Weekly subscription helps farm speak up for laws that strengthen local economies
Young moms mostly crowded into Room 415 NW of Wisconsin’s State Capitol Building. It was Wednesday morning a week ago. I was there with them to testify to a circle of mostly male Assembly representatives. We were speaking in favor of Assembly Bill 182. Dubbed “The Cookie Bill” the measure would extend exemptions from state food processing licenses to those who produce homemade baked goods sold in face-to-face encounters with consumers at a sales volume less than $10,000 annually. You can support this bill, which the Assembly Committee on Small Business Development is considering. Both rural and urban families that would like to derive a modest income from making and selling baked goods will benefit. For our part, Dela and I have already been growing hard red winter wheat. We plant it in turn with other crops to break disease and pest cycles. It also helps feed our poultry, sheep and goats. Growing our own wheat to mix with purchased certified organic feeds cuts costs. We sell surplus sacks of wheat to other small farms that want to feed their flocks organically, too. A bag of our wheat fetches $10, about half the price of certified organic feeds available at the local Super Soy grain elevator. Bakers, too, in Milwaukee, have been asking me for wheat they can grind into flour. I’ve been working with my youngest son to restore a fanning mill to do that. Wal Mart’s price (probably conventional flour) is said to be $28 for a 50-lb. sack, plus shipping. If Scotch Hill can grind its own wheat into flour (we have a small grinder) and bake certified organic pizzas with our own vegetable toppings and tomato sauce, how much more value will we add to our wheat grain? How much more will we benefit from new income over winter, from diversifying to include breads and nutritious treats? Debate over Wisconsin’s Cookie Bill will determine the answers. We wrote a letter for this bill at 4 a.m. We drove up to Madison to testify on a workday from our farm. We met with lawmakers and groups supporting these efforts before that. It’s all typical of Scotch Hill Farm. We’ve been testifying at public hearings, writing letters to federal agencies and elected officials, even leading court actions seeking protections for safety, health and the environment, for most of our 19 years on this farm. Can you say the same of other farmers who grow your food? When we eat from the big anonymous food chain, we don’t even know their names. We don’t know if they stand up for just causes and ecological practices, or exploit people and places for private gain. If you’d like to join your farm’s efforts, go to https://docs.legis.wisconsin.gov/2013/related/amendments/ab182/asa1_ab182 Follow the link to your elected officials. Accept our thanks. You keep us in business so we can advocate for measures to help restore local economies, promote sustainability and encourage enterprise.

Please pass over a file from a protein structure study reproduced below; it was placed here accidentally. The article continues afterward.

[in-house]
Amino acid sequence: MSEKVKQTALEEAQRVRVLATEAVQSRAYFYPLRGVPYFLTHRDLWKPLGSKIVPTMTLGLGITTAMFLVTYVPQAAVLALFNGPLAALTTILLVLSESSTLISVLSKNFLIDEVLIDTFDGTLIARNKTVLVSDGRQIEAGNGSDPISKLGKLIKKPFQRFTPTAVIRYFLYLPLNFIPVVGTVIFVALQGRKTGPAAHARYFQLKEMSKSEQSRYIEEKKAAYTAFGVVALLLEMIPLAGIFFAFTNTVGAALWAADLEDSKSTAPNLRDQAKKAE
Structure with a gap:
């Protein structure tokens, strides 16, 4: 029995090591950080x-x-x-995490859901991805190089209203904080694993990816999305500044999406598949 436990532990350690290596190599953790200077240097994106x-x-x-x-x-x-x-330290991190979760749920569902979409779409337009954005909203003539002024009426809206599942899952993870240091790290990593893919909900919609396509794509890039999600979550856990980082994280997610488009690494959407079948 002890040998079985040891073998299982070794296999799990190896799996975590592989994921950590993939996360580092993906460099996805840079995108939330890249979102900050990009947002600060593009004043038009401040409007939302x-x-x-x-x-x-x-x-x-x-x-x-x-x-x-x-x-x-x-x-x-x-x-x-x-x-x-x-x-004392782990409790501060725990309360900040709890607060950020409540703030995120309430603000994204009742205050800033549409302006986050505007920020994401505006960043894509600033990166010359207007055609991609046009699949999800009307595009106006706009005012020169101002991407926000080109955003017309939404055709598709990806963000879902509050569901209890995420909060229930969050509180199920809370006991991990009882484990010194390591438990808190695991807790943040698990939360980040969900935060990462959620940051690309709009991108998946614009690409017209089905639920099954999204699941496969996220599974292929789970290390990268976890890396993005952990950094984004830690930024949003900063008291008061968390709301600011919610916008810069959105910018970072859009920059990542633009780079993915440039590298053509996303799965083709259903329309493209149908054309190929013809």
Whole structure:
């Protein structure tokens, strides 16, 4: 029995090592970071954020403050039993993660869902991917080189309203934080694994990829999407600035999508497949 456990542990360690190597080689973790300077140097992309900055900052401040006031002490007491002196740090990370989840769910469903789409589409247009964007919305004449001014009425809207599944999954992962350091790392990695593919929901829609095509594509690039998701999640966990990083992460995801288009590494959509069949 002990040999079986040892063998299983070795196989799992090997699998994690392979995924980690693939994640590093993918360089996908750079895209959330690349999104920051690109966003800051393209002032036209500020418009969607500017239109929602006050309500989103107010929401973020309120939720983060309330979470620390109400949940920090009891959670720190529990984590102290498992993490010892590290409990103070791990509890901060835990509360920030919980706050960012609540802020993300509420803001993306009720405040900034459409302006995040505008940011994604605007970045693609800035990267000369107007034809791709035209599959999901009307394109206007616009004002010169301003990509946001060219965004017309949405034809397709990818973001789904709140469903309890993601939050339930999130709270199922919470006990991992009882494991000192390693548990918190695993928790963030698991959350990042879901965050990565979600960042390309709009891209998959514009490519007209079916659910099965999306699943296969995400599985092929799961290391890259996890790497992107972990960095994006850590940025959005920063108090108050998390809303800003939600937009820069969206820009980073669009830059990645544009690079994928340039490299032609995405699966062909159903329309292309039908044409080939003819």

This Week’s Vegetables include:
- Spicy Greens Mix (1/2 lb. bag
- Assorted tomatoes
- Sweet Red Peppers (also yellow, orange or green and hot)
- Beedy Camden’s Kale (bunch)
- Eggplant OR Summer Squash
- Hercules Carrots (1/2 lb.)
- Green beans
- Ice Box Melon (they fit in the frige!)
Cooking Tips for the Week
At this time in a growing season, a garden has been producing from plants that may be 4 or 5 months old. Some varieties can start to be a little tough even when the plants still look healthy and keep yielding. When you’re unsure whether garden vegetables might be a little chewy, you can’t over-do it in using butter to cook them. My stir-fry last night – with most all the same garden vegetables you’re getting in this week’s share – proved the truth of this personal adage. Everything came out sweet and tender. I coated the pan with olive oil to start, dicing in green beans and carrots first, then eggplant and summer squash. Peppers, sweet corn, Asian greens, tomatoes, dried herbs, salt and pepper came last. All along the way, I added a little butter. With Dela’s fresh salad, what a meal! Send us your version as you experiment with quick stir-fries.